tours: small, middle, large to give people a chance to work their way through,
translated some more, then finally gave up. I realized that this site would
Is it obsolete now?
Consequently I did not even promote it. It is a good
personal site, you can read lots of things
if you want to, you can see lots of images, too, but you probably wouldn't
give it a try. I developed something new. I had learnt a lot, and that was
it. Well, not quite. With my new site, I refer frequently to this one. There
is lots of material to be used otherwise when appropriate. Would only clutter
my new site if included. Is best left here. You see, nothing is really lost.
But the price to get there might be too high. I had no choice. You can learn
from my experience.
When I joined AOL, I faced the option to leave them. So I got me an additional
independent email address very soon and used that. In case I had to leave
AOL I would have no trouble with my email address. This was a wise decision.
I choose a German service and found that
they prosper, struggle with growth problems, fight spam, but they seem to
be reliable. I even got several addresses there.
Mail program lessons
AOL has its own mail program and browser. You have to take them as they come,
and they are not the best. You can't get your AOL mail into an independent
mail program. I didn't know what I was into. I got an inquiry from a
visitor of my guestbook, he
asked about painting his plane. I told him where he would be better off,
dropping a note that my father flew during WW II. He asked me to send some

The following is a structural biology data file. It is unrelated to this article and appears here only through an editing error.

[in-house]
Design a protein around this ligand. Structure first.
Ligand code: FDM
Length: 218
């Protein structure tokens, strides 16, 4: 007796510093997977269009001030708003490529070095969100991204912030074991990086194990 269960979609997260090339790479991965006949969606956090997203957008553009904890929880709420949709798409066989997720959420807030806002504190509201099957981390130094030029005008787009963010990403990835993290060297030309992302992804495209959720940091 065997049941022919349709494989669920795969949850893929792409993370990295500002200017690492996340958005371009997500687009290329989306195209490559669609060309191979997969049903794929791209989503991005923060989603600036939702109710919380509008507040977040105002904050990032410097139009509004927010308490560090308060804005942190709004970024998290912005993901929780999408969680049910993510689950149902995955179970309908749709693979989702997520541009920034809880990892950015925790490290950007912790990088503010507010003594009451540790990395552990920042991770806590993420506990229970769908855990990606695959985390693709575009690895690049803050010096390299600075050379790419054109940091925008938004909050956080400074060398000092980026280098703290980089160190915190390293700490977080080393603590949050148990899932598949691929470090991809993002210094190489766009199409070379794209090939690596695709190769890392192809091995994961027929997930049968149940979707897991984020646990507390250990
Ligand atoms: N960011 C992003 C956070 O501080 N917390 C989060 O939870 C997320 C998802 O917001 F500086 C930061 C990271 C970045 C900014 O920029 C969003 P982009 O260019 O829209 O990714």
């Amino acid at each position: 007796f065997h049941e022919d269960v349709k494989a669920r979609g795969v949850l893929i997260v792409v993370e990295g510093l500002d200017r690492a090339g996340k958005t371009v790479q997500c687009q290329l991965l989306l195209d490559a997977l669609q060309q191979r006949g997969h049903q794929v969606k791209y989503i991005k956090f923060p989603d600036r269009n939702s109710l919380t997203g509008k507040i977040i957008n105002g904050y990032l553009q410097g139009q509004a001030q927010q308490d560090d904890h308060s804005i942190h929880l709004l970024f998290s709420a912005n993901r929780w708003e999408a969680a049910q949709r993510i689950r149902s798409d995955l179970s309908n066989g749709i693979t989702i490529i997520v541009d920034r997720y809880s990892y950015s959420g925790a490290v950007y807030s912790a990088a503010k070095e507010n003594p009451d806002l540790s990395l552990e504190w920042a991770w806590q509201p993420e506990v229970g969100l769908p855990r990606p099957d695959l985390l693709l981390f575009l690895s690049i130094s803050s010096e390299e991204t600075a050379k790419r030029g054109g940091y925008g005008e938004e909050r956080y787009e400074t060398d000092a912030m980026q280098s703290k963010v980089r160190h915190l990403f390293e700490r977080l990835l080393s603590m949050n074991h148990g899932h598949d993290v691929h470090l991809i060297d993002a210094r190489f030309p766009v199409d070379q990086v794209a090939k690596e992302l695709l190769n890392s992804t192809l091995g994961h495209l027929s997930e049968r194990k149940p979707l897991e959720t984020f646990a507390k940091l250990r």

pictures. I did and informed him how to proceed to view them, having experienced
all kinds of troubles with AOL. He replied he could see them in his mail
without any effort. This was the first lesson. Not all mail programs are
created equal. (Later he urged me to put up a site for my father.
I did. You can see
that I got rid of the navigation icons on that page as he had problems with
them - here I learnt my lesson with icons.)
I use Netscape Navigator as browser, am content with it and haven't found
anything better. They have a mail program, too, and the same applies to it.
I tried others, but they could not convince me although I know that there
are fanatic fans to each of them. Netscape invented html mail which is a
natural thing to do. I publish several html newsletters and guess that this
will be the future just as the web was the future of the internet, the latter
being text only.
When I abandoned AOL as a mail server to send and receive mail from, I had
to make my choice. I could have used my local ISP. I didn't know. I choose
geocities. I thought they would be reliable, having a base of 1,5 million
customers then. Now they have over 2 million, and I had to first change to
a different outgoing mail server, then incoming, too, because of problems
not tolerable to serious work. I'll tell you in detail because I was warned
and did not realize I was in real danger.
I don't consider spam that much of a problem personally. The delete button
is handy and fast. But geocities has got problems like all others, too. Imagine
not getting mail form a friend because he's on Yahoo and your mail server
doesn't accept Yahoo as an anti spam rescue! Now you see why spamming is
really dangerous. They clog your mail server and innocent people suffer.
Geo introduced a better method, but made mistakes.
The idea is this: To send mail, you got to get your mail first, so they know
you are a legitimate user. Then you can send your mail. I had to test things,
sending mail often, and it did not work. I had to fetch mail 4 or 5 times
before I was able to send once. That's why I switched to my independent mail
provider to send from there. But they got spammed, too, so they introduced
the same measure. But it works as it should, so that's ok.
If you want to do business on the net, mail is an important tool. You can't
afford losing mail. This is what I experienced. I read about it in Jim Daniels'
book. He advocates a Plan B, to be executed when the unthinkable happens:
Your system breaks down. Nice to read. Won't happen to me. Well, I have to
confess: It did. In fact twice. But I didn't wise up the first time.
Lost without service
The second time it hit me really hard. I realized something was wrong when